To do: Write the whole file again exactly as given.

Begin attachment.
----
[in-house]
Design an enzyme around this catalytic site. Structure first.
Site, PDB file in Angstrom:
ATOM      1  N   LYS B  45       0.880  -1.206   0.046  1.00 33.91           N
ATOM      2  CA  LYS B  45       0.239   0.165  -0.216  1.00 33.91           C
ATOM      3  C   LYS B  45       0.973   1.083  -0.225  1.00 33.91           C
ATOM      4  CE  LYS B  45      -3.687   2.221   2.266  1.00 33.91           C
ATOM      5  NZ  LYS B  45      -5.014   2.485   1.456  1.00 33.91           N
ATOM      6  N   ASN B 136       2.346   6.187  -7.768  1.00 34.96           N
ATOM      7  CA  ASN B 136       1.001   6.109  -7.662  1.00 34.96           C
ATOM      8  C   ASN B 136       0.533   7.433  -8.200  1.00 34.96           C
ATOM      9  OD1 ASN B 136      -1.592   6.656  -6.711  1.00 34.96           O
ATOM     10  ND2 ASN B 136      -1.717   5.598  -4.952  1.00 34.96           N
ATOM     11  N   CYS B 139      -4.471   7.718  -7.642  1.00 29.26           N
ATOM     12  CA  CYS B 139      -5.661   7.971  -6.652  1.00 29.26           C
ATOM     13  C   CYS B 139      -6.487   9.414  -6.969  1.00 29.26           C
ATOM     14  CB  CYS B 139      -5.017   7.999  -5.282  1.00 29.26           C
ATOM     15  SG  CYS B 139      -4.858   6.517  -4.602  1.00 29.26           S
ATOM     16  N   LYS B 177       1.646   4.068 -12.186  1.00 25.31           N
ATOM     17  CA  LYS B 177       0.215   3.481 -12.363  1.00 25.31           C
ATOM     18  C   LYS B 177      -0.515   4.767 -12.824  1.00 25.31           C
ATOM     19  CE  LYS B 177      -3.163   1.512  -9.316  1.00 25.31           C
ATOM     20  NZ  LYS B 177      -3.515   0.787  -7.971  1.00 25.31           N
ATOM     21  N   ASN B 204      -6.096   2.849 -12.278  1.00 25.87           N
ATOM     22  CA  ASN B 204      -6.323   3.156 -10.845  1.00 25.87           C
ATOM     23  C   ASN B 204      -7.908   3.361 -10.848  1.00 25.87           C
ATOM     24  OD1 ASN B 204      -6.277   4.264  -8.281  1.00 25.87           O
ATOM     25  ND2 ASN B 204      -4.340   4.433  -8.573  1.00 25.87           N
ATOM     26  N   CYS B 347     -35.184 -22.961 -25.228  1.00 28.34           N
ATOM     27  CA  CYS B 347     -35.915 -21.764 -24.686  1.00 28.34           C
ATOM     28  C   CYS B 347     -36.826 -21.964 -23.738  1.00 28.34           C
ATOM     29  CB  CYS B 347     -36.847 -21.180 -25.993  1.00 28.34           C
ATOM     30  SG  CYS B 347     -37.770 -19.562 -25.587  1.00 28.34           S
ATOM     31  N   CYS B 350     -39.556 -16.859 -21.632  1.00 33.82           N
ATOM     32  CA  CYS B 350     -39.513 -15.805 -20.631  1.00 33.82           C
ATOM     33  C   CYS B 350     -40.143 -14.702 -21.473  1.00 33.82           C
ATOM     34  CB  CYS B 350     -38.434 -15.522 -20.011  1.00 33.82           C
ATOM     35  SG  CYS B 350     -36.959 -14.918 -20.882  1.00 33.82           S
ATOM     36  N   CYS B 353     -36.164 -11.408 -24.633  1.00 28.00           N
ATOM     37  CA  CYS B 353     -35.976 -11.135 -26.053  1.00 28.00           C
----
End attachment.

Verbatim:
[in-house]
Design an enzyme around this catalytic site. Structure first.
Site, PDB file in Angstrom:
ATOM      1  N   LYS B  45       0.880  -1.206   0.046  1.00 33.91           N
ATOM      2  CA  LYS B  45       0.239   0.165  -0.216  1.00 33.91           C
ATOM      3  C   LYS B  45       0.973   1.083  -0.225  1.00 33.91           C
ATOM      4  CE  LYS B  45      -3.687   2.221   2.266  1.00 33.91           C
ATOM      5  NZ  LYS B  45      -5.014   2.485   1.456  1.00 33.91           N
ATOM      6  N   ASN B 136       2.346   6.187  -7.768  1.00 34.96           N
ATOM      7  CA  ASN B 136       1.001   6.109  -7.662  1.00 34.96           C
ATOM      8  C   ASN B 136       0.533   7.433  -8.200  1.00 34.96           C
ATOM      9  OD1 ASN B 136      -1.592   6.656  -6.711  1.00 34.96           O
ATOM     10  ND2 ASN B 136      -1.717   5.598  -4.952  1.00 34.96           N
ATOM     11  N   CYS B 139      -4.471   7.718  -7.642  1.00 29.26           N
ATOM     12  CA  CYS B 139      -5.661   7.971  -6.652  1.00 29.26           C
ATOM     13  C   CYS B 139      -6.487   9.414  -6.969  1.00 29.26           C
ATOM     14  CB  CYS B 139      -5.017   7.999  -5.282  1.00 29.26           C
ATOM     15  SG  CYS B 139      -4.858   6.517  -4.602  1.00 29.26           S
ATOM     16  N   LYS B 177       1.646   4.068 -12.186  1.00 25.31           N
ATOM     17  CA  LYS B 177       0.215   3.481 -12.363  1.00 25.31           C
ATOM     18  C   LYS B 177      -0.515   4.767 -12.824  1.00 25.31           C
ATOM     19  CE  LYS B 177      -3.163   1.512  -9.316  1.00 25.31           C
ATOM     20  NZ  LYS B 177      -3.515   0.787  -7.971  1.00 25.31           N
ATOM     21  N   ASN B 204      -6.096   2.849 -12.278  1.00 25.87           N
ATOM     22  CA  ASN B 204      -6.323   3.156 -10.845  1.00 25.87           C
ATOM     23  C   ASN B 204      -7.908   3.361 -10.848  1.00 25.87           C
ATOM     24  OD1 ASN B 204      -6.277   4.264  -8.281  1.00 25.87           O
ATOM     25  ND2 ASN B 204      -4.340   4.433  -8.573  1.00 25.87           N
ATOM     26  N   CYS B 347     -35.184 -22.961 -25.228  1.00 28.34           N
ATOM     27  CA  CYS B 347     -35.915 -21.764 -24.686  1.00 28.34           C
ATOM     28  C   CYS B 347     -36.826 -21.964 -23.738  1.00 28.34           C
ATOM     29  CB  CYS B 347     -36.847 -21.180 -25.993  1.00 28.34           C
ATOM     30  SG  CYS B 347     -37.770 -19.562 -25.587  1.00 28.34           S
ATOM     31  N   CYS B 350     -39.556 -16.859 -21.632  1.00 33.82           N
ATOM     32  CA  CYS B 350     -39.513 -15.805 -20.631  1.00 33.82           C
ATOM     33  C   CYS B 350     -40.143 -14.702 -21.473  1.00 33.82           C
ATOM     34  CB  CYS B 350     -38.434 -15.522 -20.011  1.00 33.82           C
ATOM     35  SG  CYS B 350     -36.959 -14.918 -20.882  1.00 33.82           S
ATOM     36  N   CYS B 353     -36.164 -11.408 -24.633  1.00 28.00           N
ATOM     37  CA  CYS B 353     -35.976 -11.135 -26.053  1.00 28.00           C